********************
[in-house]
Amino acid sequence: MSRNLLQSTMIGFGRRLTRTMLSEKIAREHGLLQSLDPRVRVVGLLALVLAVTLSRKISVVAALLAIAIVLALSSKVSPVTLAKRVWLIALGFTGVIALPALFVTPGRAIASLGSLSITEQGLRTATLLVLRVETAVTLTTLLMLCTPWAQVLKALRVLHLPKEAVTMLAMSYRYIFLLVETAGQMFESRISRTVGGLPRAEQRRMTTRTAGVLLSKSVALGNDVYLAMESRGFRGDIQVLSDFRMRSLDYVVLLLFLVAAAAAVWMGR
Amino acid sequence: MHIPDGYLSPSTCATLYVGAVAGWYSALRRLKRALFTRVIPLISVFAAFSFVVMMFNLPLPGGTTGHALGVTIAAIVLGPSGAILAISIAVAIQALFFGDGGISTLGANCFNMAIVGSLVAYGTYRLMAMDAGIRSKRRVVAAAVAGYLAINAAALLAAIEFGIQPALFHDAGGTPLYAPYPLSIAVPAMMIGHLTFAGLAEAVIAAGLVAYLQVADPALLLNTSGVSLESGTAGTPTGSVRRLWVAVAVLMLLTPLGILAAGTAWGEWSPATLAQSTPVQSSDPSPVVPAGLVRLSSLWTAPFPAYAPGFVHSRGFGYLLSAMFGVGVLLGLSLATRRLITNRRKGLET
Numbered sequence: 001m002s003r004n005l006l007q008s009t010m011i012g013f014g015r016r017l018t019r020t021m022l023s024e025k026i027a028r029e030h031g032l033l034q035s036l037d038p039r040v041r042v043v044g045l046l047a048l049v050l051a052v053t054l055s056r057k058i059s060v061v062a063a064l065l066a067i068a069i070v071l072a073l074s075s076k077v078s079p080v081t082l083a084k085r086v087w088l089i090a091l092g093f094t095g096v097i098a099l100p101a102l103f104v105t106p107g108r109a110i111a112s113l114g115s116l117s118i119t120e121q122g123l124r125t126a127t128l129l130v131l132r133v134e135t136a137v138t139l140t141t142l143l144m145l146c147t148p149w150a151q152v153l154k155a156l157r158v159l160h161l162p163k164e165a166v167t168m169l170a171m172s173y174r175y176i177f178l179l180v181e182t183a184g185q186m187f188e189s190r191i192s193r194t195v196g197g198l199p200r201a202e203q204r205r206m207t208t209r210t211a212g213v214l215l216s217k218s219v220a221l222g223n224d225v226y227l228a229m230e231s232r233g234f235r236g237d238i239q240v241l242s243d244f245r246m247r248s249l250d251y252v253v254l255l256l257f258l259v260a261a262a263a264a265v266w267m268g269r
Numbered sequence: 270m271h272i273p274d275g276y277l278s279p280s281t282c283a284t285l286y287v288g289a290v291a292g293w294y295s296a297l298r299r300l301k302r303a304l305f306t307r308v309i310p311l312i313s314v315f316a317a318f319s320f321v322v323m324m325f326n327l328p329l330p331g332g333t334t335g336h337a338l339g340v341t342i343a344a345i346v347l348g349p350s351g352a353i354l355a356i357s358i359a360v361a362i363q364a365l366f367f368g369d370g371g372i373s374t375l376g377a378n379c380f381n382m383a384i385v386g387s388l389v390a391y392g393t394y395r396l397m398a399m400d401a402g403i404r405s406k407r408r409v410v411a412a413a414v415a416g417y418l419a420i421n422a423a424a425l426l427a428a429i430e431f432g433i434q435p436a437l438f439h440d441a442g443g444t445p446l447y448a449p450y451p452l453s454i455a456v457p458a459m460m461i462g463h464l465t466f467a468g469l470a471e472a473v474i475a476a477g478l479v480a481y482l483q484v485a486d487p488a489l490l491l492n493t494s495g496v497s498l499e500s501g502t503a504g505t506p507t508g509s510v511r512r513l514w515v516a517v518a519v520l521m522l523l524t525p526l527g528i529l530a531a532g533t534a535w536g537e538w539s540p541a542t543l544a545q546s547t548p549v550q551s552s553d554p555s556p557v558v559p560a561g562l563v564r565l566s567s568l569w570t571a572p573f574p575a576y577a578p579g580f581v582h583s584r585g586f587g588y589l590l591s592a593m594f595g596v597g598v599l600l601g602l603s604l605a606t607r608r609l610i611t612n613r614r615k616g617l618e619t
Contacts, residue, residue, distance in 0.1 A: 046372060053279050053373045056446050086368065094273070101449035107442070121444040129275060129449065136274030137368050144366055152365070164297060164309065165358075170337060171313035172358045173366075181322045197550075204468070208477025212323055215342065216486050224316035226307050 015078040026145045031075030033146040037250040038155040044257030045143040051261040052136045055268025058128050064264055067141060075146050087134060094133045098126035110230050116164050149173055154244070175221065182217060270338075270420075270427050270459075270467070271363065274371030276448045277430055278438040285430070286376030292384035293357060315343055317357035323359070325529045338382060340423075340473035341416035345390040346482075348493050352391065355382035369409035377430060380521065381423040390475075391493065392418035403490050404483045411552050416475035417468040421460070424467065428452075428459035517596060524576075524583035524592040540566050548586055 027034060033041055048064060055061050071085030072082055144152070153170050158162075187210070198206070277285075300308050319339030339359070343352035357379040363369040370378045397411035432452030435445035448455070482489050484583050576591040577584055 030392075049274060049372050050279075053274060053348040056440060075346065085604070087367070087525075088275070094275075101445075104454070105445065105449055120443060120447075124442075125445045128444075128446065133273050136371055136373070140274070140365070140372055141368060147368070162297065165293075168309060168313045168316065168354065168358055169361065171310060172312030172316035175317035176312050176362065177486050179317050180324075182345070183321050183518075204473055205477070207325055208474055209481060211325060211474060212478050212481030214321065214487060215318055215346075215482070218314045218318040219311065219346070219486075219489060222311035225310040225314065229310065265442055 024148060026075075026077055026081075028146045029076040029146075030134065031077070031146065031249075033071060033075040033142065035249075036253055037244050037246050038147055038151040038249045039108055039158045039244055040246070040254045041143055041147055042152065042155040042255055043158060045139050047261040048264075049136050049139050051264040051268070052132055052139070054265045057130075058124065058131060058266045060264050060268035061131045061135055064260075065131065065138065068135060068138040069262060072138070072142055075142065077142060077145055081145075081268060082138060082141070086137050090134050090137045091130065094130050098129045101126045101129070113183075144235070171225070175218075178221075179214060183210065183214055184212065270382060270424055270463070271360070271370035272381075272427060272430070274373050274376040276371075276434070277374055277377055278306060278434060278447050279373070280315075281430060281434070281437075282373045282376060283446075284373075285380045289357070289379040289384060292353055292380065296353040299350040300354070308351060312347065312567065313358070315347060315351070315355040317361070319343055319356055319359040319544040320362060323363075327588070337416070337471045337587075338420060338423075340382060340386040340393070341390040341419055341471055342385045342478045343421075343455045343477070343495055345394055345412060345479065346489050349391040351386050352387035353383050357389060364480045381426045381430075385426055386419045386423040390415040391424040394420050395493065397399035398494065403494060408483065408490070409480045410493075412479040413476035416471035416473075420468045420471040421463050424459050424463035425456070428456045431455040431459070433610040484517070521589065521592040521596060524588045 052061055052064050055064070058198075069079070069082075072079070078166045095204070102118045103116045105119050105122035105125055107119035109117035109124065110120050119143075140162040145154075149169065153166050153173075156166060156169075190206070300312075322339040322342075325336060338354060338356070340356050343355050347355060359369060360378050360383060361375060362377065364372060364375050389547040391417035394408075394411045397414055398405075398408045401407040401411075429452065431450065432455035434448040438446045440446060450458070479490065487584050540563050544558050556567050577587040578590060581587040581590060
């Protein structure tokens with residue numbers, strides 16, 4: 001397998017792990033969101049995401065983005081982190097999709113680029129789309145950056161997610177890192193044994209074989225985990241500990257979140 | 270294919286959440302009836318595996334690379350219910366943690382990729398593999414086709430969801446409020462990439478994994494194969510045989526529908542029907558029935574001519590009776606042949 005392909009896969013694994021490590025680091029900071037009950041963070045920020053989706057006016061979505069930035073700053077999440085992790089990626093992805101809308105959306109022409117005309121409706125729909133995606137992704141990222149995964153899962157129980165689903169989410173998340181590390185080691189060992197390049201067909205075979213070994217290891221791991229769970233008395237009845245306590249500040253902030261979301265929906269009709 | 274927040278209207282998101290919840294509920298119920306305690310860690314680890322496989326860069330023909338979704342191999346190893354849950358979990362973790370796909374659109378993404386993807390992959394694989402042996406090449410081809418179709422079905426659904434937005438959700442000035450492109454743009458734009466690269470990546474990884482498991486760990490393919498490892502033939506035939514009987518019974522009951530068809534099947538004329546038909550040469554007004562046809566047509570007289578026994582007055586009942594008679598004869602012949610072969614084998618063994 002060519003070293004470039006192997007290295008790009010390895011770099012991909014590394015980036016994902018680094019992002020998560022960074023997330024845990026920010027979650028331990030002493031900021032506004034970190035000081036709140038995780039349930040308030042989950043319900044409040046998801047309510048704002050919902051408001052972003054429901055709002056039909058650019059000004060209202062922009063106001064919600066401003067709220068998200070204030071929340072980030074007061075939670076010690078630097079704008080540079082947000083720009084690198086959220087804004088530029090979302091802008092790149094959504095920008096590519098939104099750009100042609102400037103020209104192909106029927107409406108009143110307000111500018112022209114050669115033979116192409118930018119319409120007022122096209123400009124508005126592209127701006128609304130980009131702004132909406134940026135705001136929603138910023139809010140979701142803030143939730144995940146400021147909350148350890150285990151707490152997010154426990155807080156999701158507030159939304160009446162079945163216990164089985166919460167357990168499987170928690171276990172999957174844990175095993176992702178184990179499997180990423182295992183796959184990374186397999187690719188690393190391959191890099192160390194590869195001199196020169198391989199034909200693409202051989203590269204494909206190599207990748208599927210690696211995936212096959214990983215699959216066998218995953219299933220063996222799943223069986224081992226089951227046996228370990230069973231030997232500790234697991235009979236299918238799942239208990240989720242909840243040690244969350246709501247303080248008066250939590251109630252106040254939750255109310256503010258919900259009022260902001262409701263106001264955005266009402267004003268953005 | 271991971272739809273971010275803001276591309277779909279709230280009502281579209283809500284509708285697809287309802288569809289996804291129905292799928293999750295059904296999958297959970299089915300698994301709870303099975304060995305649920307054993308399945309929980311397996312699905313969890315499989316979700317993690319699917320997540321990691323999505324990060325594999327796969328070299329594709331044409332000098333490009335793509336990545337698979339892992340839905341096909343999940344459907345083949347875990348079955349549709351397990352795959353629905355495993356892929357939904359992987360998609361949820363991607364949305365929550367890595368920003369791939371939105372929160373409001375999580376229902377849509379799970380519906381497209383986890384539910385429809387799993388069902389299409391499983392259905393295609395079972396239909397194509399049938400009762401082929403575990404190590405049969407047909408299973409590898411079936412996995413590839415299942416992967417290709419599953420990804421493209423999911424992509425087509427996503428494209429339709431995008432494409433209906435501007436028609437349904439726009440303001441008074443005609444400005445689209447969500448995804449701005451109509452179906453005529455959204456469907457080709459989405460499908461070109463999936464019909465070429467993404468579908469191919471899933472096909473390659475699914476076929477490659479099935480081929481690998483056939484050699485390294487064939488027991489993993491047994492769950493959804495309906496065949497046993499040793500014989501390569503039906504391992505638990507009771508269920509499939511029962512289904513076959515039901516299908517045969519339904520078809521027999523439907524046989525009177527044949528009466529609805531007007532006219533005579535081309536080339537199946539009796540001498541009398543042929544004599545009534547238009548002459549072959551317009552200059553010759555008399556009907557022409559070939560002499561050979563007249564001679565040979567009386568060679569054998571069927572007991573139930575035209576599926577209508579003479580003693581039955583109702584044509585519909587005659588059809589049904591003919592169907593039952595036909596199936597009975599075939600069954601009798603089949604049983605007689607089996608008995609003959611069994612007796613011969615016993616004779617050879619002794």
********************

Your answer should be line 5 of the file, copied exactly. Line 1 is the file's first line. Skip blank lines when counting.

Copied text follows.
Numbered sequence: 270m271h272i273p274d275g276y277l278s279p280s281t282c283a284t285l286y287v288g289a290v291a292g293w294y295s296a297l298r299r300l301k302r303a304l305f306t307r308v309i310p311l312i313s314v315f316a317a318f319s320f321v322v323m324m325f326n327l328p329l330p331g332g333t334t335g336h337a338l339g340v341t342i343a344a345i346v347l348g349p350s351g352a353i354l355a356i357s358i359a360v361a362i363q364a365l366f367f368g369d370g371g372i373s374t375l376g377a378n379c380f381n382m383a384i385v386g387s388l389v390a391y392g393t394y395r396l397m398a399m400d401a402g403i404r405s406k407r408r409v410v411a412a413a414v415a416g417y418l419a420i421n422a423a424a425l426l427a428a429i430e431f432g433i434q435p436a437l438f439h440d441a442g443g444t445p446l447y448a449p450y451p452l453s454i455a456v457p458a459m460m461i462g463h464l465t466f467a468g469l470a471e472a473v474i475a476a477g478l479v480a481y482l483q484v485a486d487p488a489l490l491l492n493t494s495g496v497s498l499e500s501g502t503a504g505t506p507t508g509s510v511r512r513l514w515v516a517v518a519v520l521m522l523l524t525p526l527g528i529l530a531a532g533t534a535w536g537e538w539s540p541a542t543l544a545q546s547t548p549v550q551s552s553d554p555s556p557v558v559p560a561g562l563v564r565l566s567s568l569w570t571a572p573f574p575a576y577a578p579g580f581v582h583s584r585g586f587g588y589l590l591s592a593m594f595g596v597g598v599l600l601g602l603s604l605a606t607r608r609l610i611t612n613r614r615k616g617l618e619t